Cannot redeclare block-scoped variable in TypeScript [Fixed]

Borislav Hadzhiev

Last updated: Feb 28, 2024
3 min


# Cannot redeclare block-scoped variable in TypeScript

The TypeScript error "Cannot redeclare block-scoped variable" occurs for 2 main reasons:

  1. Using variable names that clash with TypeScript global typings.
  2. Redeclaring a variable in the same block.

# Using a variable name that clashes with TypeScript global typings

Here is an example of how the error occurs.

// ⛔️ Error: Cannot redeclare block-scoped variable 'name'.ts(2451) // lib.dom.d.ts(17330, 15): 'name' was also declared here. const name = 'Bobby Hadz';
The name variable is declared somewhere in the typings for the DOM library, so the global type definition clashes with the local variable declaration.

You can solve the error, by converting your file to an ES module.

// ✅ Works as expected const name = 'Bobby Hadz'; console.log(name); // 👉️ "Bobby Hadz" export {};

convert your file to es module

The code for this article is available on GitHub

The export {} statement marks the file as an external module. A module is a file that contains at least 1 import or export statement.

If the file doesn't have an import or export statement, it is treated as a script whose contents are available in the global scope.

This causes clashes between variables with the same name that are declared in different files.

# Rename the variable to solve the error

You can also solve the error by renaming the variable.

const employeeName = 'Bobby Hadz'; console.log(employeeName); // 👉️ "Bobby Hadz"

rename variable to solve the error

The local variable name no longer clashes with the global typings, so the error is resolved.

# Redeclaring a variable in the same scope

The error also occurs if you redeclare a variable in the same scope.

const country = 'Germany'; // ⛔️ Cannot redeclare block-scoped variable 'country'.ts(2451) const country = 'Chile';

If you meant to declare 2 variables, pick a different name for the second variable.

const country1 = 'Germany'; // ✅ works as expected const country2 = 'Chile';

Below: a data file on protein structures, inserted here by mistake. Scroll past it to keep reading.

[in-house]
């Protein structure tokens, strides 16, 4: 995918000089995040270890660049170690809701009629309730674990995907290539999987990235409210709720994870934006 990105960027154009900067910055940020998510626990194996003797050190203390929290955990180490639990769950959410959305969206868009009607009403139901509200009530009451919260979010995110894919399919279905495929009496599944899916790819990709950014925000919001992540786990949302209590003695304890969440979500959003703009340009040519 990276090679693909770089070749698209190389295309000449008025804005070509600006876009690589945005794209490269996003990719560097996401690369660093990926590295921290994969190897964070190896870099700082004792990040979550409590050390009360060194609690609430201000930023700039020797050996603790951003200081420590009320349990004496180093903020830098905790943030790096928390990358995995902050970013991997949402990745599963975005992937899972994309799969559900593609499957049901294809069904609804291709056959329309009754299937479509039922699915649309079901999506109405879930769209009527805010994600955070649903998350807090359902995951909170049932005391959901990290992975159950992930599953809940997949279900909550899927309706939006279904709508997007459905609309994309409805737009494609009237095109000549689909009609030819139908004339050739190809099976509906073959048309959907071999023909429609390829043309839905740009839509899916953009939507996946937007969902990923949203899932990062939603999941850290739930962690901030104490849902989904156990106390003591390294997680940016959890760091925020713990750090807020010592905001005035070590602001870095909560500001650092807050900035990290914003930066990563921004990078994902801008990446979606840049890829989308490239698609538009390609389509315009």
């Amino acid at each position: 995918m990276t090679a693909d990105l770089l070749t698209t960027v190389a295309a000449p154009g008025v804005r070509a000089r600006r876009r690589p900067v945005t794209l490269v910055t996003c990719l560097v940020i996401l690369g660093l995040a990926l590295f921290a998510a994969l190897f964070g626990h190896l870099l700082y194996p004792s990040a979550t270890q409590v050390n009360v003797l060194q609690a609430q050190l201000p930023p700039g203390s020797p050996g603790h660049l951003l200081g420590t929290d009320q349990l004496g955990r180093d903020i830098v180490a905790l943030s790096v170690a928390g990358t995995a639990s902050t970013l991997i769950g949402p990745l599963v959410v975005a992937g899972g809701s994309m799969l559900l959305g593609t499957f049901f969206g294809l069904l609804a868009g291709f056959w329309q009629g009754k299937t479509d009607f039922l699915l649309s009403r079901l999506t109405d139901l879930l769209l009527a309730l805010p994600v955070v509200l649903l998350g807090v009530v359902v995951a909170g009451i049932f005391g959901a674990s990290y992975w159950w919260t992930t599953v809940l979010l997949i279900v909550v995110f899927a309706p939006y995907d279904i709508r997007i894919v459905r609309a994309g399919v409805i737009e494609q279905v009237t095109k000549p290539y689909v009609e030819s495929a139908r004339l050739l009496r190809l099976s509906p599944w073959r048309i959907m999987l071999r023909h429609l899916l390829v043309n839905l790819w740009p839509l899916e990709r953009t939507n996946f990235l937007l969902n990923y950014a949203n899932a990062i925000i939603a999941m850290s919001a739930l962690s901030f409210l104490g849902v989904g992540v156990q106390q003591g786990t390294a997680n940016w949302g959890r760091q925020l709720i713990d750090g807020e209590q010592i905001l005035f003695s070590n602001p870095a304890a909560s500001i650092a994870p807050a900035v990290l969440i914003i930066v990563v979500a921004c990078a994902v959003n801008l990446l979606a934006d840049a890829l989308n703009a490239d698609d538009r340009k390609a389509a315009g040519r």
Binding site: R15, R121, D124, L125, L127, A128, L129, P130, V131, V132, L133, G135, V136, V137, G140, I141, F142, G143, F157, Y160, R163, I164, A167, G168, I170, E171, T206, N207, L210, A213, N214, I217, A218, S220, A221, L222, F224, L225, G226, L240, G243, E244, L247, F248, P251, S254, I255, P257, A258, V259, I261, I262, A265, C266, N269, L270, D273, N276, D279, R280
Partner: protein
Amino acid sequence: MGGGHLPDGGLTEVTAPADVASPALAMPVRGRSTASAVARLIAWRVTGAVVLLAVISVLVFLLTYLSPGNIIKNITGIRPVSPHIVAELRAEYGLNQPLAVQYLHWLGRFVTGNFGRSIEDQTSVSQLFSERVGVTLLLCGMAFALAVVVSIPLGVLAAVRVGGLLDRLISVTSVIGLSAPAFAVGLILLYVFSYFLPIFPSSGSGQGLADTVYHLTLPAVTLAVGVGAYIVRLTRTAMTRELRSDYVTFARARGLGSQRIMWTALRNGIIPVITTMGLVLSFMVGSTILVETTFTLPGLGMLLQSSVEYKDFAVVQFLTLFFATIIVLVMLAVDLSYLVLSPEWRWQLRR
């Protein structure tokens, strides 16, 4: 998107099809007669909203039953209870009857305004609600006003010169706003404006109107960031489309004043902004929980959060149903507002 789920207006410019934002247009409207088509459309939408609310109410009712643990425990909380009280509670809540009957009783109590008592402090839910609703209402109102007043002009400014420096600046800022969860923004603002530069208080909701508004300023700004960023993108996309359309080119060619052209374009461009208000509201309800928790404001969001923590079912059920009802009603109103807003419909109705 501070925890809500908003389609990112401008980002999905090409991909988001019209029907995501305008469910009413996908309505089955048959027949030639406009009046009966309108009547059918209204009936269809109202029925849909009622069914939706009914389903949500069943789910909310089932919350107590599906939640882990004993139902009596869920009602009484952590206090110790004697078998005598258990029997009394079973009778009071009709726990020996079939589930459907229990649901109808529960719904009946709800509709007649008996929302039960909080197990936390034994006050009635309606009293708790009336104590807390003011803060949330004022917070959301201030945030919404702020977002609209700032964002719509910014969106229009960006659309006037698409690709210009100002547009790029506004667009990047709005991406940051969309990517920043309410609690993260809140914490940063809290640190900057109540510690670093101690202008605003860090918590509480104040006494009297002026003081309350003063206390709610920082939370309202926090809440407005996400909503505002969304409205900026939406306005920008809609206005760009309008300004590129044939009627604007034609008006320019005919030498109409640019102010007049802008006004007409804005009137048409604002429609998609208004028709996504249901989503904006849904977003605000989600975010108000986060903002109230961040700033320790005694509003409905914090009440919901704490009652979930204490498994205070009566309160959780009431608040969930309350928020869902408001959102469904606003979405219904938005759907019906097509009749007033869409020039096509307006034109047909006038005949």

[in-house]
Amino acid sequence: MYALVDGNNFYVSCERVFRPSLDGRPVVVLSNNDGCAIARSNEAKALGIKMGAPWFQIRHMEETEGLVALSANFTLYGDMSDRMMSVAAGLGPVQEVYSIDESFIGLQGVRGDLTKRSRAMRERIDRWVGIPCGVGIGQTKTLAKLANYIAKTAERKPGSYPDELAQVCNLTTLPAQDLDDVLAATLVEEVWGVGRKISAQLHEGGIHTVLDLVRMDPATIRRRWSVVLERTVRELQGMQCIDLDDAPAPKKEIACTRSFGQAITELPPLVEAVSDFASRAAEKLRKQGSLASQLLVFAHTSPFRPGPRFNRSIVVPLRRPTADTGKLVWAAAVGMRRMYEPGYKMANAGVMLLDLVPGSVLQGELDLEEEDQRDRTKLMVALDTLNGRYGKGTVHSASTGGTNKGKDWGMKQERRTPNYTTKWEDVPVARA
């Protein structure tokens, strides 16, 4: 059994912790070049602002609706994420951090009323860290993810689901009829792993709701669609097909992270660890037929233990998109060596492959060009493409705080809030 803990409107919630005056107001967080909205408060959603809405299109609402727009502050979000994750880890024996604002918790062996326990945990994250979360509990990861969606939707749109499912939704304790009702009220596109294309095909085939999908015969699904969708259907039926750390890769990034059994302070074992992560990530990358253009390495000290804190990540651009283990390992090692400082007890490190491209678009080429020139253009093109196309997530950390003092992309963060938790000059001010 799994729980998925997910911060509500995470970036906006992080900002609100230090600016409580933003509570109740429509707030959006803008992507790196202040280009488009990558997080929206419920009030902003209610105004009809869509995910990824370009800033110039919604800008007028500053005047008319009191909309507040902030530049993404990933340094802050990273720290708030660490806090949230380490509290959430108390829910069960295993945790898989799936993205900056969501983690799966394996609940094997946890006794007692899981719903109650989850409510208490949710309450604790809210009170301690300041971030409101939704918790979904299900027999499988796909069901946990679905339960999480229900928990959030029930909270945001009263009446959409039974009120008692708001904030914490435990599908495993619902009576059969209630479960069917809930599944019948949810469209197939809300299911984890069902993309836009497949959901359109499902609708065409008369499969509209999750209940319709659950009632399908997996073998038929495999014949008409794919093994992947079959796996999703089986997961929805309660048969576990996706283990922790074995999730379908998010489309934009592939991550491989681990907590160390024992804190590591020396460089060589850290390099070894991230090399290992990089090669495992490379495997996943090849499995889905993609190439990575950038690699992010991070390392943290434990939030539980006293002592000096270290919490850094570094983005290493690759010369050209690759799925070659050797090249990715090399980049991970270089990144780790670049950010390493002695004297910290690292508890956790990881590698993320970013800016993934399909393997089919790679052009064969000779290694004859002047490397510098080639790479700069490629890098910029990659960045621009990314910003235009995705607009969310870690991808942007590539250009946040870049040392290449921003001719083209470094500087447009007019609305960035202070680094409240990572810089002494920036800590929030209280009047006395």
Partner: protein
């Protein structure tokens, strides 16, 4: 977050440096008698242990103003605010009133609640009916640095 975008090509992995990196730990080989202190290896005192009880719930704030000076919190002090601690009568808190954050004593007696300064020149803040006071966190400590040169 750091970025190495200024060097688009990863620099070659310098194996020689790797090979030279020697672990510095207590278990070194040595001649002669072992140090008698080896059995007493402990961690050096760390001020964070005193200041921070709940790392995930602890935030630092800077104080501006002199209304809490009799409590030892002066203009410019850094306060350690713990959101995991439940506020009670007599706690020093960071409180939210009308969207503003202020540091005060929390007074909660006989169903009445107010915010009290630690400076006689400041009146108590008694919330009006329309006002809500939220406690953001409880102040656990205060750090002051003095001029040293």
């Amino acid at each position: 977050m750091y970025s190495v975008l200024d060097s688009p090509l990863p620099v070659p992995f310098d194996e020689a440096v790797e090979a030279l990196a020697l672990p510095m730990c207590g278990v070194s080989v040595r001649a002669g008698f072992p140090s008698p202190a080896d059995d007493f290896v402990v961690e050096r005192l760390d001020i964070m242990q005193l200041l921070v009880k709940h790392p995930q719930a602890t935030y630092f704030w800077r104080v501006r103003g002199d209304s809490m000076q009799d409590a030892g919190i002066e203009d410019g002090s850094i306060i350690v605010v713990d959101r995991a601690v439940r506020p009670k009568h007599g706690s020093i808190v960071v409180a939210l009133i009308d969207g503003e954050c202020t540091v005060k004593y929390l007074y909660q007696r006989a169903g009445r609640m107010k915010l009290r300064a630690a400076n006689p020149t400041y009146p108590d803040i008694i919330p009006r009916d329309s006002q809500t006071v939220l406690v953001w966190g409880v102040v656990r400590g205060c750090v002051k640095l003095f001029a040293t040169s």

The code for this article is available on GitHub

If you need to change the value of a variable, declare the variable using the let keyword and change its value without redeclaring it.

// ✅ using the `let` keyword let country = 'Germany'; country = 'Austria'; console.log(country); // 👉️ "Austria"

Unlike const and let, variables declared using var can be redeclared.

var country = 'Germany'; var country = 'Chile'; console.log(country); // 👉️ Chile

However, the var keyword works in a more unintuitive way and should be avoided.

You can use the same name to declare a variable in a different scope.

const country = 'Germany'; if (Math.random() > 0.5) { const country = 'Austria'; console.log(country); // 👉️ "Austria" } console.log(country); // 👉️ "Germany"

If you use the var keyword to declare the variable in the if block, you would change the value of the outer variable.

var country = 'Germany'; if (Math.random() > 0.0001) { var country = 'Austria'; console.log(country); // 👉️ "Austria" } console.log(country); // 👉️ "Austria"

This is one of the many reasons you shouldn't use var.

The curly braces syntax allows us to create a block. Here is the same example, but without the if statement.

const country = 'Germany'; { const country = 'Austria'; console.log(country); // 👉️ "Austria" } console.log(country); // 👉️ "Germany"

# Using an immediately invoked function expression

If none of the suggestions resolved the error, try using an immediately invoked function expression.

const country = 'Germany'; (function () { // ✅ works as expected const country = 'Austria'; console.log(country); // 👉️ 'Austria' })(); console.log(country); // 👉️ "Germany"

using immediately invoked function expression

The code for this article is available on GitHub

The function gets invoked immediately when the script is run.

The immediately invoked function expression can also be used to resolve the issue with variable names clashing with global TypeScript typings.

(() => { const name = 'Bobby Hadz'; console.log(name); // 👉️ Bobby Hadz })();

# Additional Resources

You can learn more about the related topics by checking out the following tutorials:

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